“I think continually,” the poet Stephen Spender wrote, “of those who were truly great.” Personally I often find myself thinking of something else, but there are certainly people, living and dead, who I would consider great.
Now before I go any further I should make this clear that this post is in no way intended to be inspirational. It will not contain any sentence that might be put onto a poster of a soaring condor and stuck up in a cubicle farm to encourage people to hit their KPIs this quarter. It is probably a decent rule of thumb to state that if someone even has KPIs they are unlikely to be doing anything useful or worthwhile.
But none of this detracts from the fact that there are useful and worthwhile things to be done, and many of them are being done by exceptional people. Off the top of my head, I can think of Simon Fairlie (whose autobiography I reviewed last week), Vandana Shiva, Martin Crawford, Colin Tudge, Gabe Brown – and that’s just in the area of food and farming.
Indeed, there are so many of these exceptional people around that I do wonder how exceptional they are. That is to say, many, if not most, people have talents and capacities that usually never come to the fore. It may simply be luck that enables them to blossom.
Consider, for example, the case of Charles Darwin. On his own admission, at school he was considered “a very ordinary boy, rather below the common intelligence.” Neither did he show any exceptional promise at Cambridge, where he largely neglected his studies. He was supposed to go into the Church, which in those days was a kind of fallback option for men of his class who had no special professional vocation. (This was quite a useful institution; throughout the eighteenth and nineteenth centuries in England an awful lot of scientific and especially mathematical research was conducted by country parsons with time on their hands.)
Darwin had long had an interest in what was called in those days natural history, but it was largely good fortune and good connections that got him the gig on HMS Beagle which not only made his name but also furnished him with the raw material for his theory of evolution through natural selection. Had he gone on to be another obscure country vicar, nobody would have paid any attention even if he’d still come up with it, which seems unlikely.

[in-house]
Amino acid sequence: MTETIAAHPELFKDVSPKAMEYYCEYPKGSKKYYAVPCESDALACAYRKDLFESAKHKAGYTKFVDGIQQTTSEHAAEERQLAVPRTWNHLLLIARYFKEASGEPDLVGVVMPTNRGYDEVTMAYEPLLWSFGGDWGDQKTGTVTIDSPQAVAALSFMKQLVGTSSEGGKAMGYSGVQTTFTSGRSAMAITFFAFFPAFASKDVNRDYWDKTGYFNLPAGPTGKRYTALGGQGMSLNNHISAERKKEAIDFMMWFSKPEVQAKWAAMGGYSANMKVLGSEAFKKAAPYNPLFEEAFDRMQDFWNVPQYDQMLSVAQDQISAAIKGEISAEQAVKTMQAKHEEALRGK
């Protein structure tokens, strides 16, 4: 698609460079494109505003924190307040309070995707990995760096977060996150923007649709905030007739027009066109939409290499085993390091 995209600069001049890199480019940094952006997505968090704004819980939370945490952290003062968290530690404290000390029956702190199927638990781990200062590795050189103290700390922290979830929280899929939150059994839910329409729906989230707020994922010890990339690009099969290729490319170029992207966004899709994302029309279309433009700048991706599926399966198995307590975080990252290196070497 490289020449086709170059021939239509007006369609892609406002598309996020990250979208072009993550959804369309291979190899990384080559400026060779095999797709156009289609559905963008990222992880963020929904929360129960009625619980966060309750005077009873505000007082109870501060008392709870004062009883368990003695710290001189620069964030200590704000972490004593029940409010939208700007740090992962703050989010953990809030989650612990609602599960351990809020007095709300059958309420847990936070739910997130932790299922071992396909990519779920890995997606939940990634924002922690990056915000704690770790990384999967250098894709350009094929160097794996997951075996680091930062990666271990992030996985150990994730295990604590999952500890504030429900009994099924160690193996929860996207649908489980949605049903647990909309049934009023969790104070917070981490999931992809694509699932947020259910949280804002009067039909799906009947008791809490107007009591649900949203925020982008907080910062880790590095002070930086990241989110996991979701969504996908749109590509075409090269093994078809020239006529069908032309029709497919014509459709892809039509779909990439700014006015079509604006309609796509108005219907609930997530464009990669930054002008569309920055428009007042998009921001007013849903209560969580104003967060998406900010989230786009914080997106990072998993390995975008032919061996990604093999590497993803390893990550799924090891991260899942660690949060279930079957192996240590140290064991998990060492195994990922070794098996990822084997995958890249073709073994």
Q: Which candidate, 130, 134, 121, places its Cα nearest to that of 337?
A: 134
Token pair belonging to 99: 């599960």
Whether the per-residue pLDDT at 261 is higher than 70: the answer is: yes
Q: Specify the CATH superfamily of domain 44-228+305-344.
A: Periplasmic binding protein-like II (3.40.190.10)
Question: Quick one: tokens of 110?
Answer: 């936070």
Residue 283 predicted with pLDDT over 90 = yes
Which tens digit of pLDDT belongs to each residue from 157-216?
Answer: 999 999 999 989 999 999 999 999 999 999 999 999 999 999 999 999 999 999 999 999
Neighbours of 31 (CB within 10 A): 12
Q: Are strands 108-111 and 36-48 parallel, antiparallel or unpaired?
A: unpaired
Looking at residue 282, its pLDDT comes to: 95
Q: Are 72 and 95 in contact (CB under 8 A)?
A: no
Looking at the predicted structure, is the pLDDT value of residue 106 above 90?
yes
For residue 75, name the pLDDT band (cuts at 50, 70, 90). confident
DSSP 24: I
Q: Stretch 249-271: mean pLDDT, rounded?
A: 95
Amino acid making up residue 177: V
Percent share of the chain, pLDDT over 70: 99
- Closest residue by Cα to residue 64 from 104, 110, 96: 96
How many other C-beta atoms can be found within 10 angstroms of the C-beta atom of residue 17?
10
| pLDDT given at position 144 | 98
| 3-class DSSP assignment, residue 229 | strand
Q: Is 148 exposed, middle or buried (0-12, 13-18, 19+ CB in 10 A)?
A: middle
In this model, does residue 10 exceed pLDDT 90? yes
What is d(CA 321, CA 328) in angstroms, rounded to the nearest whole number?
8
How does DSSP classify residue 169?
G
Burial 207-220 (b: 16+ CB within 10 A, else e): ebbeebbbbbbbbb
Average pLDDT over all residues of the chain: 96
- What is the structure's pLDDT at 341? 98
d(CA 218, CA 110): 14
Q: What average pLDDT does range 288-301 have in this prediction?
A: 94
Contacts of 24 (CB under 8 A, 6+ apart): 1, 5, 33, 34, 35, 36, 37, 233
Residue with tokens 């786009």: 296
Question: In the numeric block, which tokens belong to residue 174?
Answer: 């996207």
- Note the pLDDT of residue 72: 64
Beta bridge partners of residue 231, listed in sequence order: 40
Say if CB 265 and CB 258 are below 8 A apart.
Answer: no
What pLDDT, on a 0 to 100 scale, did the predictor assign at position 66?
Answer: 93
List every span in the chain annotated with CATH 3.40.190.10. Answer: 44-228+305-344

Of course, in the nature of things we don’t know how many potential Darwins there are knocking around. But history does seem to lend colour to the saying: “Cometh the hour, cometh the man.” Who would have predicted that an unpromising West Point cadet who graduated 21st out of a class of 39 would go on to become the victorious commander of the Union armies in the American Civil War? Or, again, that an obscure Huntingdonshire farmer would be offered – and decline – the crown of England?
These examples suggest that opportunities are often available in times of crisis, and the good news for any potential Grants or Cromwells out there is that times of crisis will soon be upon us, if they aren’t already. This is not, of course, necessarily good news for the rest of us. I don’t want to fall foul of Godwin’s Law, so I’ll point you instead to the career of Benito Mussolini.
But to return to my earlier examples. There are useful things to be done in these times, and most of us can do something. Apart from anything else, taking action will dispel those feelings of panic and impotence that so often threaten to overwhelm us once we start to notice what’s going on with the world. Whatever you’re going to have to face in the future, the stronger you are mentally the better your chances will be of dealing with it.
Consider learning a new practical skill: sewing, baking, gardening, herbal medicine. Do it now, when you can still afford to screw up. For example, we are having a go at growing potatoes this year. Potatoes are cheap and freely available; if it all goes wrong, we’ll still have access to potatoes, and with any luck we’ll be able to learn from it. There may come a time when potatoes are no longer cheap and/or freely available, and it makes sense to be able to grow our own potatoes before that happens,
You don’t need to be able to fix everything, which is frankly a good thing, because you can’t. But you can make a difference to your own life and the lives of those around you. And that’s not a bad definition of a life well lived.
Comments are welcome, but I do pre-moderate them to make sure they comply with the house rules.